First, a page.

Thomas Sumter Memorial Park
Backstory and Context
Thomas Sumter Memorial Park is the final resting place for General Thomas Sumter and members of his family. Sumter was an American Revolutionary War general and statesman who is widely known as the "Fighting Gamecock."
the Preddy's Creek settlement of Louisa County, near Charlottesville, Virginia,
on July 14, 1734, General Sumter was the longest surviving general of the
Revolution. He was a planter and a surveyor who served as a member of the
militia of the Colony of Virginia, where he gained combat experience in a
number of skirmishes with Cherokee Indians during the French and Indian Wars. Sumter moved to South Carolina in 1760 and
opened a small store at Nelson's Ferry.
prior to the Revolution, Sumter was elected a lieutenant colonel in the Second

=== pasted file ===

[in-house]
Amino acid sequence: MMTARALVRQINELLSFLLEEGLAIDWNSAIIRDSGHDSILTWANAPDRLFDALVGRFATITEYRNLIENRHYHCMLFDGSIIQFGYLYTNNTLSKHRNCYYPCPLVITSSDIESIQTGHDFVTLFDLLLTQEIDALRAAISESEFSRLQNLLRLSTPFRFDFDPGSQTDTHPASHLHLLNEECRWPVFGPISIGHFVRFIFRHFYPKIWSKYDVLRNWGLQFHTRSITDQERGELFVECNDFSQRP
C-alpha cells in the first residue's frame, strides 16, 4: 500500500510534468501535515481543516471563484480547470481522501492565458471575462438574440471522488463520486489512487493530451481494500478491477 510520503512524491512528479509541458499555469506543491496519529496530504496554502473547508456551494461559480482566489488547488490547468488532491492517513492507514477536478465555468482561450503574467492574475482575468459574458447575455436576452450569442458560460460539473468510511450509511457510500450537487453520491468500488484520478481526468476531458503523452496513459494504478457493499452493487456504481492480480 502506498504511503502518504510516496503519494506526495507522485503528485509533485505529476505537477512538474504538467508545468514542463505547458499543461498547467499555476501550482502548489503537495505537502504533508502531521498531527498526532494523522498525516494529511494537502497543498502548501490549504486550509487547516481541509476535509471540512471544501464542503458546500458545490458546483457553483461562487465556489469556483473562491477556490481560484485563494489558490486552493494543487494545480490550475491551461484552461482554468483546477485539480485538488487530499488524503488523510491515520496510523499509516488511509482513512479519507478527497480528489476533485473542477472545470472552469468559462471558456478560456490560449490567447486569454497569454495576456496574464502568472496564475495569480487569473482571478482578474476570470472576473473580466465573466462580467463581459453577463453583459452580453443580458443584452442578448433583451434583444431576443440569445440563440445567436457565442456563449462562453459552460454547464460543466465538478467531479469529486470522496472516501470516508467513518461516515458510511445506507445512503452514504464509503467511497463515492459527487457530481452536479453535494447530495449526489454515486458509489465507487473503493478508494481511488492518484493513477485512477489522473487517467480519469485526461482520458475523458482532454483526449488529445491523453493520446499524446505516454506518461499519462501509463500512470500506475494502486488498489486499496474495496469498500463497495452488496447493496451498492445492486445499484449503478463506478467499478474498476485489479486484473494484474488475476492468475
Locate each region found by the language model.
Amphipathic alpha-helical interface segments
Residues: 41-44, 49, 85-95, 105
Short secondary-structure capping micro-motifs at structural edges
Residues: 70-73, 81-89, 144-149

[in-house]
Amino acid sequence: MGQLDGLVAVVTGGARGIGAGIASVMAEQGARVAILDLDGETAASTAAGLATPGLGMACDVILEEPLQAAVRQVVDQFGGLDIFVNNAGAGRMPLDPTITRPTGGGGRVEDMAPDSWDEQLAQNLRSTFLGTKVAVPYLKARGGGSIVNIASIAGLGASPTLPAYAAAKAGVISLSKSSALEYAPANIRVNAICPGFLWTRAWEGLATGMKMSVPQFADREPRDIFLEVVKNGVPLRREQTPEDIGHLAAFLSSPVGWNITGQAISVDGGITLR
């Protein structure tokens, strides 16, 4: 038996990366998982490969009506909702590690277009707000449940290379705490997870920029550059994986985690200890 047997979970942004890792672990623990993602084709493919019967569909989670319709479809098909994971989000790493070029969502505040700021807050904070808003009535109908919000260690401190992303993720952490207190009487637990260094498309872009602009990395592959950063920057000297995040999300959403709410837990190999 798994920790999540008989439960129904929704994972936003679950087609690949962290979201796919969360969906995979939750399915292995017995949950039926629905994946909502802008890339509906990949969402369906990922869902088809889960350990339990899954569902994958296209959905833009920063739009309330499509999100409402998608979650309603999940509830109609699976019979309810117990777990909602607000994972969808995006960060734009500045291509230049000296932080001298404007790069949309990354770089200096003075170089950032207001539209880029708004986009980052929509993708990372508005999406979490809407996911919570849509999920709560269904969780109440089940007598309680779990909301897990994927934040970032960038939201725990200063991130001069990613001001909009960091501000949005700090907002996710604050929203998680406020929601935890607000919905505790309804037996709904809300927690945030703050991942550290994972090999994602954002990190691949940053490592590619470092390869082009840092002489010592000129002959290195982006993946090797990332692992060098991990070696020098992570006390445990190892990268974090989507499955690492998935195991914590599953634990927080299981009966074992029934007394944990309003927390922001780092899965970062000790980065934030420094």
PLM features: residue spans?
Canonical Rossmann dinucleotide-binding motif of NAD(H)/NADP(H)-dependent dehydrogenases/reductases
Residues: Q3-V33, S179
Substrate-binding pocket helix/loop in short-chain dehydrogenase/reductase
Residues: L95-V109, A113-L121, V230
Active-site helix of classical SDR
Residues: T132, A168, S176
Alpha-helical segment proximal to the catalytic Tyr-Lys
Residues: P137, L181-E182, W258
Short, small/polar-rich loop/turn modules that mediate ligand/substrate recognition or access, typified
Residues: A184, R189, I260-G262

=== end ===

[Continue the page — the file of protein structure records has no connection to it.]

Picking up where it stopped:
South Carolina Rifle Regiment. During the war, he led soldiers in many
guerilla-style attacks against British and loyalist forces throughout South
Carolina. It was during these battles when a British general is said to have
commented on Sumter's skills by saying that he, "fought like a
gamecock." Lord Conwallis is said to have called Sumter his, "greatest
the Revolution, Sumter was elected to the U.S. House of Representatives,
serving from 1789 to 1793 and from 1797-1801. In 1801 he was elected by the
South Carolina Legistlature to replace Charles Pinckney in the U.S. Senate. In
1810 Sumter retired from the Senate to his 150,000 acre plantation near
Stateburg, SC, a city Sumter founded.
died at the age of 97 on June 1, 1832, making him the last general of the
American Revolution to die.
Also buried at the site are Thomas Sumter, Jr. and Thomas DeLage Sumter. Thomas Sumter, Jr., was the lieutenant governor of South Carolina and the first U.S. Ambassador to Brazil. Thomas DeLage Sumter served as a member of the U.S. House of Representatives